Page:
The sea urchin was fresh, served in the urchin itself. Normally I don’t like urchin, but this was pretty tasty, especially with lemon and a little wasabi. The shrimp continued the slimy theme, and were served with the heads on. Ahain, pretty tasty, and there were enough for us to explore combinations with the soy, wasabi, lemon, daikon, and carrot. They took the heads away and fried them in a little tempura batter to create a little sweet postlude. The mackerel sashimi was excellent — it came in a little pile atop a slice of lemon in front of the fish that it came from, pinned into a “U” by a bamboo skewer through tail and neck. The final touch was a sprinkling of scallions and sesame seeds. A little lemon, mackerel, daikon, wasabi and soy made an excellent combo, as did lemon, mackerel, and shrimp head. The appetizers were almost a meal in themselves.

The tasting plate had 8 nigiri and 4 maki (tuna). The highlight was a massive piece of sea eel, easily 4 times as long as its pedestal of rice. It was sweet and melted in the mouth. The fatty tuna was also delicious, and I swapped Adam my urchin for his mackerel. There was one other mackerel-like fish whose name I didn’t catch, a fresh squid, a crab, and one or two others. The best part about the tasting platter I thought was that it didn’t intersect at all with the kind of nigiri combinations you get at other sushi places, but had a whole set of tastes that were new to me. To pair with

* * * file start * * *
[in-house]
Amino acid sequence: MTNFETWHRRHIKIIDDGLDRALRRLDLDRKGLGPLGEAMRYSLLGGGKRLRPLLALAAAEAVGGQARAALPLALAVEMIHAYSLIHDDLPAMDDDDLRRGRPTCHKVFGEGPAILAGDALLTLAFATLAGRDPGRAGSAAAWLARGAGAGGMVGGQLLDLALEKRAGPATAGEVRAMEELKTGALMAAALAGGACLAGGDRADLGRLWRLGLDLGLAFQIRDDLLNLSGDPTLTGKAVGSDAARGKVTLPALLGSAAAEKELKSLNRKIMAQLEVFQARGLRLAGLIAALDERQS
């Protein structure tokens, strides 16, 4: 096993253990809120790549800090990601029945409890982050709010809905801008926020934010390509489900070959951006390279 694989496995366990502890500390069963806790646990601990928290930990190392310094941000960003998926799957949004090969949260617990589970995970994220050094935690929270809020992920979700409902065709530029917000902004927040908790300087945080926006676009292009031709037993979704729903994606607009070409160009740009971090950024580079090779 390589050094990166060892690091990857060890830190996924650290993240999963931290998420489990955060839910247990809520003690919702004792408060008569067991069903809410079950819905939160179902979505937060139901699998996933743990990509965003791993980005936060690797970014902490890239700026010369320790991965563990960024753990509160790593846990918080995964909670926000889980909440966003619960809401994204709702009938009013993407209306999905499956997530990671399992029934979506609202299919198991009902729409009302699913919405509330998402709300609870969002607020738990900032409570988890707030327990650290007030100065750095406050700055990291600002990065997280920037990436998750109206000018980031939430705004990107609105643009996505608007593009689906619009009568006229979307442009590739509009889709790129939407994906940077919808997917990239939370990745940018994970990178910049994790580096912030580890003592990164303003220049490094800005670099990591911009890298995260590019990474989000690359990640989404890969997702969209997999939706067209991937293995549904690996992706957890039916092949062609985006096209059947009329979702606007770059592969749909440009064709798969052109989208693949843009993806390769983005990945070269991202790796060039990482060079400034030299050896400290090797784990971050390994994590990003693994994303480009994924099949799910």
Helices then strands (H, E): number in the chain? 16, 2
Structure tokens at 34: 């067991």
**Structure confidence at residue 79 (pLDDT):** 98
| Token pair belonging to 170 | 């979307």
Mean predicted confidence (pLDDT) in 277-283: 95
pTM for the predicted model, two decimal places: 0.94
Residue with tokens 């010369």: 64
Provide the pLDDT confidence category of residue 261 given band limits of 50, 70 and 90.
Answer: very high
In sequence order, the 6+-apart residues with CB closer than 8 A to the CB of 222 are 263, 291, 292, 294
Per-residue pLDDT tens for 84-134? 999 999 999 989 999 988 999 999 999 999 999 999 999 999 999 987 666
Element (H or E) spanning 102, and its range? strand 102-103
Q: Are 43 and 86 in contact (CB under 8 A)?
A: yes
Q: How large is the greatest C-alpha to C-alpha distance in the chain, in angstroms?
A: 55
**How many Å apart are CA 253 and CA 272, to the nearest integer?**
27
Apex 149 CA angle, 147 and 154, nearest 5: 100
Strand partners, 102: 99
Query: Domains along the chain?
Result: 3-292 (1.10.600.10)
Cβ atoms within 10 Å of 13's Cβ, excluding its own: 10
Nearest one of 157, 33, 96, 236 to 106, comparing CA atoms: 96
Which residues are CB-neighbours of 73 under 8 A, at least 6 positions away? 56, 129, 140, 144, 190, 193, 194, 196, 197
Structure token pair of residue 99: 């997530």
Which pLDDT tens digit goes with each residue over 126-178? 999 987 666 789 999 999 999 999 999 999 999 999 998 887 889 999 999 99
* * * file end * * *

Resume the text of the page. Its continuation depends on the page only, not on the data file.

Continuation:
After all that food I was in a coma and we retired to a very Asian tea house at St. Mark’s and 3rd Ave. Alp’s or something or the other. I had a passion fruit green tea which tasted mostly like warm passion fruit juice concentrate and not at all like tea. It was too sickly sweet. The place reminded me of boba joints near Berkeley’s campus — a very similar crowd, but this place (like everywhere in NY) was open later. Damn you, Bay Area. We had a bottle of not-so-dry but oh-so-smooth sake (Shirakabegura), and a less sweet nigori (Shirakawago) to go with the meal.